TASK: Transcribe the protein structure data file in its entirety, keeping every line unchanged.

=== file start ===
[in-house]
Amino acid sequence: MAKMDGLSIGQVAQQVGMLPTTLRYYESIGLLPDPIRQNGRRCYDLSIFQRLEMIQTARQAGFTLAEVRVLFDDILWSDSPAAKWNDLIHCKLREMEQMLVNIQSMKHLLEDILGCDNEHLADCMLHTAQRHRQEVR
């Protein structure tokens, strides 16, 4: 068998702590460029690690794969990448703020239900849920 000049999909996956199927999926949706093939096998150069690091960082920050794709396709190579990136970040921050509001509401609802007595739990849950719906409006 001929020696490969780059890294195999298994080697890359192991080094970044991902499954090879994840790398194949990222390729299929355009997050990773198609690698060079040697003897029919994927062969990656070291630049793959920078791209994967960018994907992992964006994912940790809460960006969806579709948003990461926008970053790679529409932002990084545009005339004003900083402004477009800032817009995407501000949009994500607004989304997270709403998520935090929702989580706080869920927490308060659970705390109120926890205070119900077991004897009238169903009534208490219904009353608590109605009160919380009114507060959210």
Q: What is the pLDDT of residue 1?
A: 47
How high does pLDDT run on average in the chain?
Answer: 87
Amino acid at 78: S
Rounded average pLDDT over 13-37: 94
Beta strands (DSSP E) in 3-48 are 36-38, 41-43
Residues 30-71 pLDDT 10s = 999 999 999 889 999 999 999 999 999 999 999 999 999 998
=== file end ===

[in-house]
Amino acid sequence: MAKMDGLSIGQVAQQVGMLPTTLRYYESIGLLPDPIRQNGRRCYDLSIFQRLEMIQTARQAGFTLAEVRVLFDDILWSDSPAAKWNDLIHCKLREMEQMLVNIQSMKHLLEDILGCDNEHLADCMLHTAQRHRQEVR
């Protein structure tokens, strides 16, 4: 068998702590460029690690794969990448703020239900849920 000049999909996956199927999926949706093939096998150069690091960082920050794709396709190579990136970040921050509001509401609802007595739990849950719906409006 001929020696490969780059890294195999298994080697890359192991080094970044991902499954090879994840790398194949990222390729299929355009997050990773198609690698060079040697003897029919994927062969990656070291630049793959920078791209994967960018994907992992964006994912940790809460960006969806579709948003990461926008970053790679529409932002990084545009005339004003900083402004477009800032817009995407501000949009994500607004989304997270709403998520935090929702989580706080869920927490308060659970705390109120926890205070119900077991004897009238169903009534208490219904009353608590109605009160919380009114507060959210």
Q: What is the pLDDT of residue 1?
A: 47
How high does pLDDT run on average in the chain?
Answer: 87
Amino acid at 78: S
Rounded average pLDDT over 13-37: 94
Beta strands (DSSP E) in 3-48 are 36-38, 41-43
Residues 30-71 pLDDT 10s = 999 999 999 889 999 999 999 999 999 999 999 999 999 998